November 22, 2016
By Matthew Rognlie and Adrien Auclert
We explore the quantitative effects of transitory and persistent increases in income inequality on equilibrium interest rates and output. Our starting point is a Bewley-Huggett-Aiyagari model featuring rich heterogeneity and earnings dynamics as well as downward nominal wage rigidities. A temporary rise in inequality, if not accommodated by monetary policy, has an immediate effect on output that can be quantified using the empirical covariance between income and marginal propensities to consume. A permanent rise in inequality can lead to a permanent Keynesian recession, which is not fully offset by monetary policy due to a lower bound on interest rates. We show that the magnitude of the real interest rate fall and the severity of the steady-state slump can be approximated by simple formulas involving quantifiable elasticities and shares, together with two parameters that summarize the effect of idiosyncratic uncertainty and real interest rates on aggregate savings. For plausible parametrizations the rise in inequality can push the economy into a liquidity trap and create a deep recession. Capital investment and deficit-financed fiscal policy mitigate the fall in real interest rates and the severity of the slump.
The approach here is the reverse of what is usually done in such model: shock the heterogeneity to see what it implies for aggregates. The next step would be to identify what the origin of the shock is and then let the aggregates feed back to heterogeneity. General equilibrium in a sense. In any case, this one more testimony that heterogeneity and distribution matters bigly.
November 16, 2016
By Volha Audzei
Market confidence has proved to be an important factor during past crises. However, many existing general equilibrium models do not account for agents’ expectations, market volatility, or overly pessimistic investor forecasts. In this paper, we incorporate a model of the interbank market into a DSGE model, with the interbank market rate and the volume of lending depending on market confidence and the perception of counterparty risk. In our model, a credit crunch occurs if the perception of counterparty risk increases. Our results suggest that changes in market confidence can generate credit crunches and contribute to the depth of recessions. We then conduct an exercise to mimic some central bank policies: targeted and untargeted liquidity provision, and reduction of the policy rate. Our results indicate that policy actions have a limited effect on the supply of credit if they fail to influence agents’ expectations. Interestingly, a policy of a low policy rate worsens recessions due to its negative impact on banks’ revenues. Liquidity provision stimulates credit slightly, but its efficiency is undermined by liquidity hoarding.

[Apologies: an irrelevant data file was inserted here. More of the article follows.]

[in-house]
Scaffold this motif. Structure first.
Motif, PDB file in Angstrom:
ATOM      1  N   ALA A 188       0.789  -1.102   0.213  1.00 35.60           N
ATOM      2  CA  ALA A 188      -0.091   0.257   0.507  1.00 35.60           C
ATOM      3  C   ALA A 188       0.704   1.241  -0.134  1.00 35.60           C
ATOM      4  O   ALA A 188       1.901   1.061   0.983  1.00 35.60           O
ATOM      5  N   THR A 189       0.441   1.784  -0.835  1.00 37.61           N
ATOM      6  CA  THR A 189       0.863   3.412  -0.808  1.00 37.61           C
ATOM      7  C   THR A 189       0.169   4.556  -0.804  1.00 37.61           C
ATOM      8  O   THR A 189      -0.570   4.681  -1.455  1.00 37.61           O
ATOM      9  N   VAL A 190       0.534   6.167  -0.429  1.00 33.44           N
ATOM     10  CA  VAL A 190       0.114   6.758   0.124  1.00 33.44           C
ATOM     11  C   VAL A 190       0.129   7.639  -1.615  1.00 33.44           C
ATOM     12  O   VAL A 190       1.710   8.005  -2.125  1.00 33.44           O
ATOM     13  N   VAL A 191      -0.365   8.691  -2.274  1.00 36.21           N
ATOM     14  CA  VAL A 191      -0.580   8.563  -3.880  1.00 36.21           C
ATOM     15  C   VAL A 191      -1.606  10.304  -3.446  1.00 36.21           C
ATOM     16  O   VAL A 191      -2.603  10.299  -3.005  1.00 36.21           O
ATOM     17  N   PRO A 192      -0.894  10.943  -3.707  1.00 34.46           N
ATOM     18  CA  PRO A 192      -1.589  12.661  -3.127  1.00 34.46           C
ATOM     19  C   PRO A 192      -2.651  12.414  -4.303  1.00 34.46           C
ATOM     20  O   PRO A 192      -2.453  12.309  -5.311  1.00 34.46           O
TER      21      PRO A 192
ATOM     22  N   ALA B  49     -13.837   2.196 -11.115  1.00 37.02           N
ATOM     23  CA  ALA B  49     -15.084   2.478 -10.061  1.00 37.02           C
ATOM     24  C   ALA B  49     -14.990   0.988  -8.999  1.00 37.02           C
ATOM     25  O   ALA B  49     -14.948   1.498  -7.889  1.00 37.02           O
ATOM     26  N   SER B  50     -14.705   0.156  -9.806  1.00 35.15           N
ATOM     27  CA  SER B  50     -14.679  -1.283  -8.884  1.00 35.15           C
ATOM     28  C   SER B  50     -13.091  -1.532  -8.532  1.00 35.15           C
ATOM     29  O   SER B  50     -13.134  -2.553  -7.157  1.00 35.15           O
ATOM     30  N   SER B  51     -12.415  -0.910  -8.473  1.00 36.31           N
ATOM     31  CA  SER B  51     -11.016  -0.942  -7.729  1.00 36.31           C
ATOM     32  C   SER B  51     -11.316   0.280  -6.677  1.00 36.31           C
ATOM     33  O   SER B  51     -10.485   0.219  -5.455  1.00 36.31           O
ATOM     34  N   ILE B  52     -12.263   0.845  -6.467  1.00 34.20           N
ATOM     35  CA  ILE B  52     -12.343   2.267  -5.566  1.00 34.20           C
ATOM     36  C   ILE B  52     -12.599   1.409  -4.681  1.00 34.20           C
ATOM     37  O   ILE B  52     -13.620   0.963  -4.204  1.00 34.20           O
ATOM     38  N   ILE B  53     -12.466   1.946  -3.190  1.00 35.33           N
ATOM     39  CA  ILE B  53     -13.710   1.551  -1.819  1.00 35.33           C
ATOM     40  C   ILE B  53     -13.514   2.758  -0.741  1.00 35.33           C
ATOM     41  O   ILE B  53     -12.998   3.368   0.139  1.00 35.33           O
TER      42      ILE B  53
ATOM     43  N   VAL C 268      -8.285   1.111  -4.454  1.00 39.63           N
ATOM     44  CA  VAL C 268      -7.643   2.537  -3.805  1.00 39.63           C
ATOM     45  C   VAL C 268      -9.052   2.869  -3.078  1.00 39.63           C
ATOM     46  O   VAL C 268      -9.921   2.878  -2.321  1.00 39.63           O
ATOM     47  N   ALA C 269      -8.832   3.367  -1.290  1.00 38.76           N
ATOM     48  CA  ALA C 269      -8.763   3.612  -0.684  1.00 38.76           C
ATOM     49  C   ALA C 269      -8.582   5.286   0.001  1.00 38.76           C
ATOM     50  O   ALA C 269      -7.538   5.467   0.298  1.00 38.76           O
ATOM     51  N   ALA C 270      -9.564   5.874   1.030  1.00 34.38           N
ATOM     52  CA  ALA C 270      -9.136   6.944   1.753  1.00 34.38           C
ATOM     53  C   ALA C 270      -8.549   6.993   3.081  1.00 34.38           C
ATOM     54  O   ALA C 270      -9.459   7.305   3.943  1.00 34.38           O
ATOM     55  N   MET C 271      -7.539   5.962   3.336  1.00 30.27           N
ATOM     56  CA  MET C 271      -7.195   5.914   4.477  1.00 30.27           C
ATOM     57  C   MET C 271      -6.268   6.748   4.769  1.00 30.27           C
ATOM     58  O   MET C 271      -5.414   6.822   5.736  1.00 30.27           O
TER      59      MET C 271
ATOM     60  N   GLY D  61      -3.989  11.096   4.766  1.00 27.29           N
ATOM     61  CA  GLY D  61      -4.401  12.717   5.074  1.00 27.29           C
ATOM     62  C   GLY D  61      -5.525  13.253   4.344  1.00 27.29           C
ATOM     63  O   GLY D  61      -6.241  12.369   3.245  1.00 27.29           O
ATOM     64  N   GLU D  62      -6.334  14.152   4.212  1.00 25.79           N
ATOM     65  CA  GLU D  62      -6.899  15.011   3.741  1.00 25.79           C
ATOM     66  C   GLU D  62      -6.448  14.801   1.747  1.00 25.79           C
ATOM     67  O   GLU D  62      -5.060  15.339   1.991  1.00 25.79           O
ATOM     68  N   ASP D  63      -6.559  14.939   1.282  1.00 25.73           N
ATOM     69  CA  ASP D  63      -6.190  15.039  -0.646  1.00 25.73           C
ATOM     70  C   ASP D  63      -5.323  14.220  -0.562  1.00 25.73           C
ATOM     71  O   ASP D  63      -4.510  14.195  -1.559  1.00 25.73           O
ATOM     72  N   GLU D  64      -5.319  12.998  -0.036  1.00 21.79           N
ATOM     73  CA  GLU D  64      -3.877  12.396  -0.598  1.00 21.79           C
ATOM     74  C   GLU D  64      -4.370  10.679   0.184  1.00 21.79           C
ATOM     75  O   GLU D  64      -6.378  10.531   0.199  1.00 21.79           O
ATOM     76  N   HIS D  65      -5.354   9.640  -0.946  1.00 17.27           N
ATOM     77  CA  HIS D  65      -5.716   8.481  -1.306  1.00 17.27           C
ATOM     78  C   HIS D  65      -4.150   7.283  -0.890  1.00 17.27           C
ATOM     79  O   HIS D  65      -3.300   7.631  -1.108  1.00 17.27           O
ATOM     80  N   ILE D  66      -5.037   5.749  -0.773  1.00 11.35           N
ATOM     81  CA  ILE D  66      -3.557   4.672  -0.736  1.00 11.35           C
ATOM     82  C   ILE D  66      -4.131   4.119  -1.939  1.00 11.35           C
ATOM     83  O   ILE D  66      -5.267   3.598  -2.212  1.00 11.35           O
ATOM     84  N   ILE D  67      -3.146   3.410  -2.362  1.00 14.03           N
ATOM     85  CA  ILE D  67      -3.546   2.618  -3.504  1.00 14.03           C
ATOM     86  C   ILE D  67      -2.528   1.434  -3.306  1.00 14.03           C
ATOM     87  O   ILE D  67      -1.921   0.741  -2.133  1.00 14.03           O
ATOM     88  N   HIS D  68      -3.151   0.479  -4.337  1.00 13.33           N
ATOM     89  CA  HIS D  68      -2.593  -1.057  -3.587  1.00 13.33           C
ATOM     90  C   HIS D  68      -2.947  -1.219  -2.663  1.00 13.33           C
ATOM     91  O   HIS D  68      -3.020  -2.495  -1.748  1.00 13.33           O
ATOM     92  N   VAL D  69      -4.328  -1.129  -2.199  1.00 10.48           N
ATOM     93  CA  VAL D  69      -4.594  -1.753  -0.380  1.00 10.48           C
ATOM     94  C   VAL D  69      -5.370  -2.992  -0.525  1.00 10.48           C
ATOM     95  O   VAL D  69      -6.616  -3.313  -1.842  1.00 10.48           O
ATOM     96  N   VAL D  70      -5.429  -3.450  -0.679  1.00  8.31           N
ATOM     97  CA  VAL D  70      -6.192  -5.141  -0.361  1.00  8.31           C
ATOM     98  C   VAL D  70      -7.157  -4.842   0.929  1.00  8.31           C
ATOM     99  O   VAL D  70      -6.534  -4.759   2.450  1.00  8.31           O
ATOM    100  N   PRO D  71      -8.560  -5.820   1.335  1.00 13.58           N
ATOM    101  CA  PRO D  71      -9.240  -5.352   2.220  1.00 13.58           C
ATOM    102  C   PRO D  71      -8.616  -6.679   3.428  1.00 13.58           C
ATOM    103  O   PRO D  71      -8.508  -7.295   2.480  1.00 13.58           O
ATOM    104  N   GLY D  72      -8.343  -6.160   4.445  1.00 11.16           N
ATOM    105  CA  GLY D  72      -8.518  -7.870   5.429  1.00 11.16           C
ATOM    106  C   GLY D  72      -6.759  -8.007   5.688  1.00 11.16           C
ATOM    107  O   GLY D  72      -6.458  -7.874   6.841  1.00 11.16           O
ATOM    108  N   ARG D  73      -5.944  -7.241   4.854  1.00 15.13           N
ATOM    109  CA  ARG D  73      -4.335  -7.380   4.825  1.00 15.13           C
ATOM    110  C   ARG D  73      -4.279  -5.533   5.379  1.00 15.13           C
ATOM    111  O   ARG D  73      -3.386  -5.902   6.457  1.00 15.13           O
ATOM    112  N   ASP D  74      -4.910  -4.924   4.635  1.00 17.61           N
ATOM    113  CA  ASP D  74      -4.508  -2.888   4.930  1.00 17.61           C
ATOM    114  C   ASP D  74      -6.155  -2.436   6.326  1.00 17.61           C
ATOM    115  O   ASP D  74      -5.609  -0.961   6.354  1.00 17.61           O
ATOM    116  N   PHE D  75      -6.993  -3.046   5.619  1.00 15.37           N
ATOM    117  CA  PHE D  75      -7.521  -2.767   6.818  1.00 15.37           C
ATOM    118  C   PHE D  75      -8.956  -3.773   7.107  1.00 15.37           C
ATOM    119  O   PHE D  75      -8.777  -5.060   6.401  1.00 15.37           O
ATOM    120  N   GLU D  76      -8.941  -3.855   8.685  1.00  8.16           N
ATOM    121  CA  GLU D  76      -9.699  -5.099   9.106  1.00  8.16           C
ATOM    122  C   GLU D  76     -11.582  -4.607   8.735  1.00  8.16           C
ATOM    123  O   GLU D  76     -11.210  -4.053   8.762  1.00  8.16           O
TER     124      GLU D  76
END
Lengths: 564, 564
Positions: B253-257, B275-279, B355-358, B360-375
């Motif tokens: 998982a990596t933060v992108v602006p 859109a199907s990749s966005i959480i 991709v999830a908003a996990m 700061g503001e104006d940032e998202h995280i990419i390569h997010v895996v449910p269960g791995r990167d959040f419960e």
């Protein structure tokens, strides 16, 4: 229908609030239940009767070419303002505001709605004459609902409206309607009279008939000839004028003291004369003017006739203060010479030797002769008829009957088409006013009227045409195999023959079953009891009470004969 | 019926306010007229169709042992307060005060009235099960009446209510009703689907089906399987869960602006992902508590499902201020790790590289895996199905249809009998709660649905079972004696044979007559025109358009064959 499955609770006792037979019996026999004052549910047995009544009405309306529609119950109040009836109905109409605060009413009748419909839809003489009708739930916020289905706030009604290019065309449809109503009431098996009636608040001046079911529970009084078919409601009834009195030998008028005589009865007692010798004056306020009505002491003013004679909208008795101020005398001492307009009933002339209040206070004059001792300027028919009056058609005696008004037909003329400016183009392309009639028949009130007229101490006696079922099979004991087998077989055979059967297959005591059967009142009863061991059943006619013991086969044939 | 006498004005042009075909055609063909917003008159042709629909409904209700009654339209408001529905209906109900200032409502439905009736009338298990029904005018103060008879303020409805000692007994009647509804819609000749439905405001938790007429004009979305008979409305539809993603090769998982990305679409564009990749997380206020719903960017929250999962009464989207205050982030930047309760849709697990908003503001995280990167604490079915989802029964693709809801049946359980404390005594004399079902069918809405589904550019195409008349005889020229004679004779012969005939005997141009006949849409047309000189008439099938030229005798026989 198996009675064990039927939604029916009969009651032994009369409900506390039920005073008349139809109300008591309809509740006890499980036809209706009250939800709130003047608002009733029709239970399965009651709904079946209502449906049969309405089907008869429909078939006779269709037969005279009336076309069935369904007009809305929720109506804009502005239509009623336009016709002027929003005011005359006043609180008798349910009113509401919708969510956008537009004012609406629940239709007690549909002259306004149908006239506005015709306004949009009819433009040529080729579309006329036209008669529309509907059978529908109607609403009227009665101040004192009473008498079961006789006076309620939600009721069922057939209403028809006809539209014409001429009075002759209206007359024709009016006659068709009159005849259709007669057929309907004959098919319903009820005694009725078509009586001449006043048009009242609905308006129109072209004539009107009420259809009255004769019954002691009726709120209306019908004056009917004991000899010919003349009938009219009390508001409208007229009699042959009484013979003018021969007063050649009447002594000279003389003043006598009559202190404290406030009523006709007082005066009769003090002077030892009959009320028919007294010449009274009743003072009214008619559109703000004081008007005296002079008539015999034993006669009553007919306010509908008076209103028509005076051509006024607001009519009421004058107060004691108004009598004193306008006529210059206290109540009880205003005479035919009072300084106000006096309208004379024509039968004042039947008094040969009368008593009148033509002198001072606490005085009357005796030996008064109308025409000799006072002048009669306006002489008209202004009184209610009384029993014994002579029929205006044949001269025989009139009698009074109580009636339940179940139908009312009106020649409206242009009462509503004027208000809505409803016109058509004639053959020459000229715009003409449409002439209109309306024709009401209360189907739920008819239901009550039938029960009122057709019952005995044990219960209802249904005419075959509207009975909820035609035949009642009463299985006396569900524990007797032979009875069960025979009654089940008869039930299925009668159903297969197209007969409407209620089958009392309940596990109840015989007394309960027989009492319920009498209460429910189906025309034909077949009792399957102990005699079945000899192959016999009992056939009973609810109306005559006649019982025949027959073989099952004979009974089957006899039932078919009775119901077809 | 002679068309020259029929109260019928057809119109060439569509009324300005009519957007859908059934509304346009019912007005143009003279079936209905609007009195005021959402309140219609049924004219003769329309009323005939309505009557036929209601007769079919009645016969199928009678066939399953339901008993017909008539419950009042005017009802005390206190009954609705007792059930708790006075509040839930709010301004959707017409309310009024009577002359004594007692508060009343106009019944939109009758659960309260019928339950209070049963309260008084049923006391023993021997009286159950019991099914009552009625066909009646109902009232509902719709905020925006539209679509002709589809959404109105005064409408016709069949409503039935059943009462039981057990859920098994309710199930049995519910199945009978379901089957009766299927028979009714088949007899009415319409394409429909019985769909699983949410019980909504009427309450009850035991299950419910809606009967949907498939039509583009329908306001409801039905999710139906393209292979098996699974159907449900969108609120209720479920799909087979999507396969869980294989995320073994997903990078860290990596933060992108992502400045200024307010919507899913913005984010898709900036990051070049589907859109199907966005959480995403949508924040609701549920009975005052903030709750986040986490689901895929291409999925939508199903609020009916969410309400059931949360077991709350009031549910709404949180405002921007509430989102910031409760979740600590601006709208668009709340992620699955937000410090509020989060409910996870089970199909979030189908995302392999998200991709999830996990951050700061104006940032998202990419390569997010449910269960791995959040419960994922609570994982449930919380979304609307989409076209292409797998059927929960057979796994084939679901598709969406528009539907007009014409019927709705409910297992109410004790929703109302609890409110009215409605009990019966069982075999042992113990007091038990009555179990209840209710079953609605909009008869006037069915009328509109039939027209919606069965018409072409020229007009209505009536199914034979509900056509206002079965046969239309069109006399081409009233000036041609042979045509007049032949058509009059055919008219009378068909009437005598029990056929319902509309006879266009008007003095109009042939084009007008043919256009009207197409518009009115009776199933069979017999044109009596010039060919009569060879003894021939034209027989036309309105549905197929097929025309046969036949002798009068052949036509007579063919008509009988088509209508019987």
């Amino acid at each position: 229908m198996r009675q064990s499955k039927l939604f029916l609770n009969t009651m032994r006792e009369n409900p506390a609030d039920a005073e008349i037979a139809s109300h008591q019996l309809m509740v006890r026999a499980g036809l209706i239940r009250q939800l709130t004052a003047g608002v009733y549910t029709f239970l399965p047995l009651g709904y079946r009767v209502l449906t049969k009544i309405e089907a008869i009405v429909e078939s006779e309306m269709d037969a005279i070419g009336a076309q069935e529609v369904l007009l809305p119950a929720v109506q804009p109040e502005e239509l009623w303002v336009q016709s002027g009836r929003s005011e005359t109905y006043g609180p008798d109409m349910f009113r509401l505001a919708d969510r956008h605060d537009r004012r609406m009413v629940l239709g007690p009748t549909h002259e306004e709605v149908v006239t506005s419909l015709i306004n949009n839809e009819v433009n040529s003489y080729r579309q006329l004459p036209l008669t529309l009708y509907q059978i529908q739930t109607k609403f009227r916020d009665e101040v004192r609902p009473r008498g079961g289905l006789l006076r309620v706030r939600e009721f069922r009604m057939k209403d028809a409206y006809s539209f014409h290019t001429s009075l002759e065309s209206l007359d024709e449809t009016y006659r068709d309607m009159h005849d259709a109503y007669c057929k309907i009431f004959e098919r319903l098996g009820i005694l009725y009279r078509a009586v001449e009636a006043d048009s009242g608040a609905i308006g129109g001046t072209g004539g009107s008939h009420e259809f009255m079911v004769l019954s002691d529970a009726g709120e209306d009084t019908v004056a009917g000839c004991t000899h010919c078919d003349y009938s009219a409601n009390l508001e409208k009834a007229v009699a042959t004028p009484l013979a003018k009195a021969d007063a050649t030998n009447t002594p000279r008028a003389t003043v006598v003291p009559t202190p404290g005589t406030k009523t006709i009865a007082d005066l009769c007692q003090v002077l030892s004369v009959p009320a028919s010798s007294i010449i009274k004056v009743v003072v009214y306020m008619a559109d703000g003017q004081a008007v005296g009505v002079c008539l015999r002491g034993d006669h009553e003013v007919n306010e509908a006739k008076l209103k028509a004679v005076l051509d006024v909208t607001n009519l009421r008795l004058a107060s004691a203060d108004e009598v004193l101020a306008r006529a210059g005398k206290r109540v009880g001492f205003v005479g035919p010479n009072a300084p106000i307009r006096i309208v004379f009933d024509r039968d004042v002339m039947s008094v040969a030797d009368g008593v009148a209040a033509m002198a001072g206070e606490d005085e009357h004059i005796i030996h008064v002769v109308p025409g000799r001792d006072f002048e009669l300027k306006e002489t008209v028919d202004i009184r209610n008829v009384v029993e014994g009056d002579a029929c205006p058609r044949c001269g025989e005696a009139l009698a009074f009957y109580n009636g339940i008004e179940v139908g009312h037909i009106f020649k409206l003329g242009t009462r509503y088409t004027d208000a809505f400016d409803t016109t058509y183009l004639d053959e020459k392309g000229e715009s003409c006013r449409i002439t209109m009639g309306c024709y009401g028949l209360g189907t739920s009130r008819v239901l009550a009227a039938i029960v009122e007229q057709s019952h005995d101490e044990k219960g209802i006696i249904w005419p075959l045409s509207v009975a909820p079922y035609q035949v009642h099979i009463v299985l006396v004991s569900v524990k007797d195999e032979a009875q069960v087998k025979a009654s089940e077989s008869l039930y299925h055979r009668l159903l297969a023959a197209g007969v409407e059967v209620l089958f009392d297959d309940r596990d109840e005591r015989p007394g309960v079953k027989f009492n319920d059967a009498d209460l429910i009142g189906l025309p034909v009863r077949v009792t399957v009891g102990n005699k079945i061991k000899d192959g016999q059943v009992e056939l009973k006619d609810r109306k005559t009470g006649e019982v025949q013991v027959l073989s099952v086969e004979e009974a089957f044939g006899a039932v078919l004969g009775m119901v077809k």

One thing that the last financial crisis taught us is that the interbank market matters quite a bit. This paper takes a serious look at it, and in particular factors in heterogeneity in banks’ beliefs. My slightly related previous research (with the same conclusion about low interest rates and liquidity hoarding, but without the interbank market) showed me that heterogeneity matters a lot for credit markets. This paper confirms that.
November 14, 2016
By Axelle Ferrière and Gaston Navarro
Empirical work suggests that government spending generates large expansions of output and consumption. Most representative-agent models predict a moderate expansion of output, and a crowding-out of consumption. We reconcile these findings by taking into account the distribution of taxes. Using US data from 1913 to 2012, we provide evidence that government spending induces larger expansions in output and consumption when financed with more progressive taxes. We then develop a model with heterogeneous households and idiosyncratic risk, to show that a rise in government spending can be expansionary, both for output and consumption, only if financed with more progressive labor taxes. Key to our results is the model endogenous heterogeneity in households’ marginal propensities to consume and labor supply elasticities. In this respect, the distributional impact of fiscal policy is central to its aggregate effects.
Distribution matters big time when income taxes are more progressive. It makes total sense that the Ricardian Equivalence when you depart from linearity, but this paper shows it is significant.
November 10, 2016
By Galo Nuño and Carlos Thomas
Incomplete markets models with heterogeneous agents are increasingly used for policy analysis. We propose a novel methodology for solving fully dynamic optimal policy problems in models of this kind, both under discretion and commitment. We illustrate our methodology by studying optimal monetary policy in an incomplete-markets model with non-contingent nominal assets and costly inflation. Under discretion, an inflationary bias arises from the central bank’s attempt to redistribute wealth towards debtor households, which have a higher marginal utility of net wealth. Under commitment, this inflationary force is countered over time by the incentive to prevent expectations of future inflation from being priced into new bond issuances; under certain conditions, long run inflation is zero as both effects cancel out asymptotically. For a plausible calibration, we find that the optimal commitment features first-order initial inflation followed by a gradual decline towards its (near zero) long-run value. Welfare losses from discretionary policy are first-order in magnitude, affecting both debtors and creditors.